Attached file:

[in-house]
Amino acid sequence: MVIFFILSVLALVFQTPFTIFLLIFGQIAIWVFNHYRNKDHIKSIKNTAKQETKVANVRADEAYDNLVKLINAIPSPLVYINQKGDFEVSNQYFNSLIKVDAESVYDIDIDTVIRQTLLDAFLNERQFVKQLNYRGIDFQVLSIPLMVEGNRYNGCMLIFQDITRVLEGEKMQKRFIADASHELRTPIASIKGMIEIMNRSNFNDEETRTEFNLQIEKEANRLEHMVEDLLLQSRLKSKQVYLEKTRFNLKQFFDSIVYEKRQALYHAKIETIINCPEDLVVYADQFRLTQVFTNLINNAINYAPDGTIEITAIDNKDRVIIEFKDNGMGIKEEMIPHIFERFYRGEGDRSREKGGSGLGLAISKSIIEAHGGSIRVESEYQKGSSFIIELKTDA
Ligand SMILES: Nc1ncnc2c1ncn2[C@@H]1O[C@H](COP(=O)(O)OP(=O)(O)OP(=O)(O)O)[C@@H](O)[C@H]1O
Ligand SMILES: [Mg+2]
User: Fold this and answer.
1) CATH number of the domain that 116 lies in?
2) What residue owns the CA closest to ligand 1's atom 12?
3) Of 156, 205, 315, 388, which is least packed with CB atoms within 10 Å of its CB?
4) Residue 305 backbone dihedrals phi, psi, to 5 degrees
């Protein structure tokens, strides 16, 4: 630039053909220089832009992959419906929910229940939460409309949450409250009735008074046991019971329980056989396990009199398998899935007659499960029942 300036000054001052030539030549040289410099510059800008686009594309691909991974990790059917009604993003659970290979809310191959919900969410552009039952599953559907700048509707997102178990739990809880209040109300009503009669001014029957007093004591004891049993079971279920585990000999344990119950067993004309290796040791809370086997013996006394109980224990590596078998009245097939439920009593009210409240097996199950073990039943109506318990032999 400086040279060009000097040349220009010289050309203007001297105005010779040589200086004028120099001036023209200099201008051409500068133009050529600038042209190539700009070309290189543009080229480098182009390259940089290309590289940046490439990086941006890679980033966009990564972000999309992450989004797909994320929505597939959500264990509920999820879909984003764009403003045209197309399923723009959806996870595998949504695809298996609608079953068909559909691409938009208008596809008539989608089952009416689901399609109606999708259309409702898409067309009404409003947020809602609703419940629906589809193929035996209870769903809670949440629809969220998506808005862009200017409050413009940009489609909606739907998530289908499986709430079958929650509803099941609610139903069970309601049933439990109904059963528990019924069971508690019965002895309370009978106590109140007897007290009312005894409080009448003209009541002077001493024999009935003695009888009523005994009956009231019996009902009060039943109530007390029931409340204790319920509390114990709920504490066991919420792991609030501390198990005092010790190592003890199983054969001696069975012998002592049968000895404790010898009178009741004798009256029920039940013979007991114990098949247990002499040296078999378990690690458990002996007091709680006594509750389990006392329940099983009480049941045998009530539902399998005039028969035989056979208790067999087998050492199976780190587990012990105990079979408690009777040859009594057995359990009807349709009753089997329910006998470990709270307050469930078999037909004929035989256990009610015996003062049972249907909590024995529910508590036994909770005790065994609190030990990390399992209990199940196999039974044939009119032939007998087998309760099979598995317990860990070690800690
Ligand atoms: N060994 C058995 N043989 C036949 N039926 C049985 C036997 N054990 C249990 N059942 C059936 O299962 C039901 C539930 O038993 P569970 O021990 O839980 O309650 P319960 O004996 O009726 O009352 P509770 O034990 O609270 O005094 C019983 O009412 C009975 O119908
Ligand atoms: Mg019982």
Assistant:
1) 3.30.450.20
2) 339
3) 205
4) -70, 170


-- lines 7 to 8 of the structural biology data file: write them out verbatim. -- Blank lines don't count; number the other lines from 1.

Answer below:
2) What residue owns the CA closest to ligand 1's atom 12?
3) Of 156, 205, 315, 388, which is least packed with CB atoms within 10 Å of its CB?